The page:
CPN lawmaker has sought resignation of Minister for Communication and Information Technology Gokul Baskota.
Sudan Kiranti of the ruling CPN speaking in the meeting of the International Relations Committee of parliament on Sunday has demanded Baskota's resignation taking exception to the latter's expression about the Millennium Challenge Corporation (MCC) Compact.
"Government spokesperson has said MCC will be passed at any cost. His expression that America can deal the fate of Suleimani to any leader of the country is objectionable," Kiranti stated.
He accused Baskota of trying to cast a shadow on national sovereignty and called Baskota's expression Lhendup Dorje attitude. Dorje, the last prime minister of the kingdom of Sikkim, is considered to be a key figure in annexation of the country by India and was rewarded by India as the first chief minister of the state of Sikkim after annexation.
"I take exception to the surrendering Lhendup Dorje attitude and he must resign on moral grounds. I want to draw the attention of committee and everybody toward the issue."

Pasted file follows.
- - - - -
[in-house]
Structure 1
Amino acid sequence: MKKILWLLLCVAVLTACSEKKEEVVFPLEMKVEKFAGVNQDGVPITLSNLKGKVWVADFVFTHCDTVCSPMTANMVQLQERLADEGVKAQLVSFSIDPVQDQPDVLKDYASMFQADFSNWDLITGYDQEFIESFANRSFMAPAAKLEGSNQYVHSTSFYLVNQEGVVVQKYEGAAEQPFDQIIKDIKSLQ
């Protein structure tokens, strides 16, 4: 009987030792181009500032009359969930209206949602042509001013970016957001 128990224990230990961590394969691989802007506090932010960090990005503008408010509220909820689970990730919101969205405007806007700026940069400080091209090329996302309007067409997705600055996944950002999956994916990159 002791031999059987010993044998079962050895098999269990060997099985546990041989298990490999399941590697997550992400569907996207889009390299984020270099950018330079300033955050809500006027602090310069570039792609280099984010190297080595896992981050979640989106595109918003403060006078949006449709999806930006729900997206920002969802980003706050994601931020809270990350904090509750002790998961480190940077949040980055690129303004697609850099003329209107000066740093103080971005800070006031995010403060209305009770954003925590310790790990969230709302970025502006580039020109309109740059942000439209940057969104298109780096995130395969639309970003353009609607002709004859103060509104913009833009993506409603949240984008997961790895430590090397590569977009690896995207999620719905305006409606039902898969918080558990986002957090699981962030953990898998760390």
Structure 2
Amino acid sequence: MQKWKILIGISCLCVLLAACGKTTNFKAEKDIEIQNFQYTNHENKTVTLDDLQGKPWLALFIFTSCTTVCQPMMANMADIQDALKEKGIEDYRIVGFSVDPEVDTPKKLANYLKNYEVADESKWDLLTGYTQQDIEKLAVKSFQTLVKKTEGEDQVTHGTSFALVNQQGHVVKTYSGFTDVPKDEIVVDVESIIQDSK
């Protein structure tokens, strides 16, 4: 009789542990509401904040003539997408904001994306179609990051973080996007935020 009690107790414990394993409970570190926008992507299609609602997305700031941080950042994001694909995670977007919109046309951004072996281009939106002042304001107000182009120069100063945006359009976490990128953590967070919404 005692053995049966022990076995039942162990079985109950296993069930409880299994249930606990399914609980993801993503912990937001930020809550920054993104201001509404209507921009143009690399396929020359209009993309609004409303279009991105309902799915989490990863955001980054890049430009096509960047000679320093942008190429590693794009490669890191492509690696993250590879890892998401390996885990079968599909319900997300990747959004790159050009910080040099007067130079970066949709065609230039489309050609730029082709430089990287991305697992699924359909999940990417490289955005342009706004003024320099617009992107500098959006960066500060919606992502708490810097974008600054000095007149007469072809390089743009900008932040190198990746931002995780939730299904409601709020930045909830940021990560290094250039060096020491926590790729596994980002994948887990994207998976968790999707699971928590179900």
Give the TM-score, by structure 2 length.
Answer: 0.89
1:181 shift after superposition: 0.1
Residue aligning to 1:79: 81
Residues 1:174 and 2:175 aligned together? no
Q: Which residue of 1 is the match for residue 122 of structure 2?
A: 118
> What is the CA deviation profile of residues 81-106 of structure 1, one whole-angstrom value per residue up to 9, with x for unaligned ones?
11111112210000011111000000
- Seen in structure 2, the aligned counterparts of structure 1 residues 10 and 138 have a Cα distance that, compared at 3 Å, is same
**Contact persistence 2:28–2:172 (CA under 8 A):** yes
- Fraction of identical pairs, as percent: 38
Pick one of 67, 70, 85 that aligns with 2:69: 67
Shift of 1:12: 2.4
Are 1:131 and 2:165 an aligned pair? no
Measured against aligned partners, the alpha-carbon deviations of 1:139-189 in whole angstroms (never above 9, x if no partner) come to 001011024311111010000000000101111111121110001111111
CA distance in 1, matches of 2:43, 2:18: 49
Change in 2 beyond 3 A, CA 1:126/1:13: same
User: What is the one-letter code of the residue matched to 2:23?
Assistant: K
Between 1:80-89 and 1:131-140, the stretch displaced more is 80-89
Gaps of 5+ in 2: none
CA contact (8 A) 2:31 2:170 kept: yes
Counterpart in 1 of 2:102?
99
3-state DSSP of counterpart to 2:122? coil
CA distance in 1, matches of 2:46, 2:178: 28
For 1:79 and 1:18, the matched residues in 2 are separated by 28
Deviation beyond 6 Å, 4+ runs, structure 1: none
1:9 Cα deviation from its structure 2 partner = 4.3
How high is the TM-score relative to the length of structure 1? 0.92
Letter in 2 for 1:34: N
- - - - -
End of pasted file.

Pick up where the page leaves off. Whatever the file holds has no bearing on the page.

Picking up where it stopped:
The MCC Compact has been criticized by many in the ruling party calling it part of the US military strategy.
Spokesperson Baskota on Thursday had stated that false rumors have been spread about MCC. "America can launch missiles at any corner of the world if it so wishes. There will be no need to keep a military base in Nepal. Didn't you see it hit whom recently in Iran (sic)?" Baskota had commented.
CPN lawmaker Bhim Rawal accused that some have made MCC an issue of prestige and are putting personal opinions instead of national interest and benefits. Stating that the country should move forward in a way that benefits the country and pointed need for serious study on MCC.
Ruling CPN had hotly debated MCC during the recent standing committee meeting with the erstwhile Maoists and those from Madhav Kumar Nepal faction opposing it saying it should only be passed if it becomes clear that it is not part of the Indo-Pacific Strategy floated by America.
The US embassy in Kathmandu later issued a 10-point statement clarifying that the MCC is not part of military affairs.
The press statement, which it said was in response to a large number of queries from Nepali citizens, politicians, and members of the media about the MCC, claimed that every Nepali government since 2012 has been in favor of the MCC and that there is no military component to the compact.